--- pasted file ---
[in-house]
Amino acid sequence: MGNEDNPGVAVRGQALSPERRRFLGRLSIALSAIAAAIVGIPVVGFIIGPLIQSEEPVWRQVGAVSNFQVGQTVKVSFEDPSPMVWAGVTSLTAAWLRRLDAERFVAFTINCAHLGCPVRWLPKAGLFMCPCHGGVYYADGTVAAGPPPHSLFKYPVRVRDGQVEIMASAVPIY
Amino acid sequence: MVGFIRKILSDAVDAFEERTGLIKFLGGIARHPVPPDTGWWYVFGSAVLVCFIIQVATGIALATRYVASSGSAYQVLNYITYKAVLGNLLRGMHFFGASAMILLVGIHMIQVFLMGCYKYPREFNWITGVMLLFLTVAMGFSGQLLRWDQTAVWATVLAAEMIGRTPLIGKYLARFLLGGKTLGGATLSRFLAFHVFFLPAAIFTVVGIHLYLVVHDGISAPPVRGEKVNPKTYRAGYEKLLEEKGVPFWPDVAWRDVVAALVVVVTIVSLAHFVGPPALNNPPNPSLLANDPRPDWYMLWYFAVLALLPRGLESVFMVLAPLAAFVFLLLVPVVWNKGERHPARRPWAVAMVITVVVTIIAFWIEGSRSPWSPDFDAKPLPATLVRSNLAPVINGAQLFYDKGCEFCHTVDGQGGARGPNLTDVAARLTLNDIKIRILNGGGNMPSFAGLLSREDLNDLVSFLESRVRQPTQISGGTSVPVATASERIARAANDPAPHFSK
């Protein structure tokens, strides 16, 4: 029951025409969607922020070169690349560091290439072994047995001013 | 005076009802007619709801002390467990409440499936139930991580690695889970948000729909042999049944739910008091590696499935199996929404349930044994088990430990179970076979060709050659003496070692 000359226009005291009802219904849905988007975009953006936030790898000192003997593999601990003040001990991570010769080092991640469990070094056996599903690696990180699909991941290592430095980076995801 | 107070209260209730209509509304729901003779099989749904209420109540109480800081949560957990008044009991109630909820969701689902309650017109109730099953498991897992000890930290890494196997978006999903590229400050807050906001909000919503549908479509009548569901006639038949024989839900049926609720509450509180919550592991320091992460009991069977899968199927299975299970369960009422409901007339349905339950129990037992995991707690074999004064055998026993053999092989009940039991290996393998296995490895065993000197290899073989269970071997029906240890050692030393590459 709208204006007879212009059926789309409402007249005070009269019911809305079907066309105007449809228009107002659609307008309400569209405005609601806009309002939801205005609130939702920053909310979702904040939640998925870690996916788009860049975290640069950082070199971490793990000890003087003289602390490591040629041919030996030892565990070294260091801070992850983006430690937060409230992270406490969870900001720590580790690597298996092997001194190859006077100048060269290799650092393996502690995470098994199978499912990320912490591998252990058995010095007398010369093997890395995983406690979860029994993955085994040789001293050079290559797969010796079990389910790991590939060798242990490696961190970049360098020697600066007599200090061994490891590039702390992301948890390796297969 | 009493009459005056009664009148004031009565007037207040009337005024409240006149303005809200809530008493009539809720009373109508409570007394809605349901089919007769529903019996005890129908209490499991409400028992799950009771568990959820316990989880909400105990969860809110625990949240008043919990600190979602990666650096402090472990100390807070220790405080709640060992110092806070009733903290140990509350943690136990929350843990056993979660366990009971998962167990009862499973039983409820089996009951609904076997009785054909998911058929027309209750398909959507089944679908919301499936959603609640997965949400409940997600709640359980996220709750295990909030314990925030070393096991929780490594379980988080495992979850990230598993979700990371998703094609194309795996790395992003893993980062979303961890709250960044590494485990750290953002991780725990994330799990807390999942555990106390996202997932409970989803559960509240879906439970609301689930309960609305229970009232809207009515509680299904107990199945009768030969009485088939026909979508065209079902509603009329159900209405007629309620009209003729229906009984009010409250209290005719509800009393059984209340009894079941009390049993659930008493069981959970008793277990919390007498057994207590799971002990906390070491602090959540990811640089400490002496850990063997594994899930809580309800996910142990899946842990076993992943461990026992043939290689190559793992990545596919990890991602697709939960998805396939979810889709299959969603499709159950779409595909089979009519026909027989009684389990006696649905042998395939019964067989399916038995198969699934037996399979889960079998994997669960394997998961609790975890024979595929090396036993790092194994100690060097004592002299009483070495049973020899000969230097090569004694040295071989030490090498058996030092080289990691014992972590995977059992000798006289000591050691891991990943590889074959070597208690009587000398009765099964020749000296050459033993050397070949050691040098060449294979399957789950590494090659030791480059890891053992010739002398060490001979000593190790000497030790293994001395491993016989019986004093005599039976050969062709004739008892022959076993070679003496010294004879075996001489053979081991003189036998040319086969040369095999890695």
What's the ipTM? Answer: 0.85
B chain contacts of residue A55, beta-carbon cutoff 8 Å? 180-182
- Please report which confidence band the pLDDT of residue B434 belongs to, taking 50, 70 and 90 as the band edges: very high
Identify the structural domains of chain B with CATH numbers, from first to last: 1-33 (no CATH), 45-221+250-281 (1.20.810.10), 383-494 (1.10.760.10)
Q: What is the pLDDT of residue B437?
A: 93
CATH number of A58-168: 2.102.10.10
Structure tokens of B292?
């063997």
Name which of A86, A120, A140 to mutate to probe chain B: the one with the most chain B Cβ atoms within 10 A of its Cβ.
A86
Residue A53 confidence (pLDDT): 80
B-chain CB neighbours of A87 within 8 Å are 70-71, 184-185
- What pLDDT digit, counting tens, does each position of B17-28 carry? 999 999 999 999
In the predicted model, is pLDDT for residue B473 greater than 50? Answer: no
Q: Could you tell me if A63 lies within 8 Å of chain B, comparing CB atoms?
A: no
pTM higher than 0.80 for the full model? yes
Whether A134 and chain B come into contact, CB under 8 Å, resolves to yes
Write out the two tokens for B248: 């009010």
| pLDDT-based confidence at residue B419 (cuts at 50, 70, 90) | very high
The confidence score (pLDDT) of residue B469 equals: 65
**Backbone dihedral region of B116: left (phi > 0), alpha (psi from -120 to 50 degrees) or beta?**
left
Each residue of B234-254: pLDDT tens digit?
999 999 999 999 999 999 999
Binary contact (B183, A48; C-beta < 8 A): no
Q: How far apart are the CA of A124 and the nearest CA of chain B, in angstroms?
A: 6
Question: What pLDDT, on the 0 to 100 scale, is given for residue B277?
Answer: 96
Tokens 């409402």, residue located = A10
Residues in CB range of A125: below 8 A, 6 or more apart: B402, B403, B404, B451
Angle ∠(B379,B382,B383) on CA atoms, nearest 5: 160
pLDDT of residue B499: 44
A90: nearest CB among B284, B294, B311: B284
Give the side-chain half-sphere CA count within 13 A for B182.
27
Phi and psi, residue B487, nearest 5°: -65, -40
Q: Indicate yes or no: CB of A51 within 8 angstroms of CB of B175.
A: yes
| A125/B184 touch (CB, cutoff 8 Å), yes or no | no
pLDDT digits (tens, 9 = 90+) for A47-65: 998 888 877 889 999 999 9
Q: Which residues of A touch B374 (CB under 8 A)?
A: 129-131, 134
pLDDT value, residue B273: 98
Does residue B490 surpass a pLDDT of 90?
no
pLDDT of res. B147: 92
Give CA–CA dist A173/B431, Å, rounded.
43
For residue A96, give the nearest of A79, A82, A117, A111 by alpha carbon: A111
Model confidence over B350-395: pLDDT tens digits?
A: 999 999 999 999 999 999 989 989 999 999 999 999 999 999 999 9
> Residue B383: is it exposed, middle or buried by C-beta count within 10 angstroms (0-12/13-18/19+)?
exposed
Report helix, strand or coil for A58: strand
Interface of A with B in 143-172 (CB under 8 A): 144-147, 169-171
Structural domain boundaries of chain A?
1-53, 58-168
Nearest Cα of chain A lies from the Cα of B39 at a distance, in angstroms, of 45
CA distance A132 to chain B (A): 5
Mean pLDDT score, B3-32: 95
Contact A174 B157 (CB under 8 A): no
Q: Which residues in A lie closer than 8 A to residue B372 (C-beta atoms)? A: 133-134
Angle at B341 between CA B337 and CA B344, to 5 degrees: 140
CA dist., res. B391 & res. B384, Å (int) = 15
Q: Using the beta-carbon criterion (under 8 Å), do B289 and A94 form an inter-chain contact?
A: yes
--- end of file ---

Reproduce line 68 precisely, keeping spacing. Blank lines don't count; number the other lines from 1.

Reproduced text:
Contact A174 B157 (CB under 8 A): no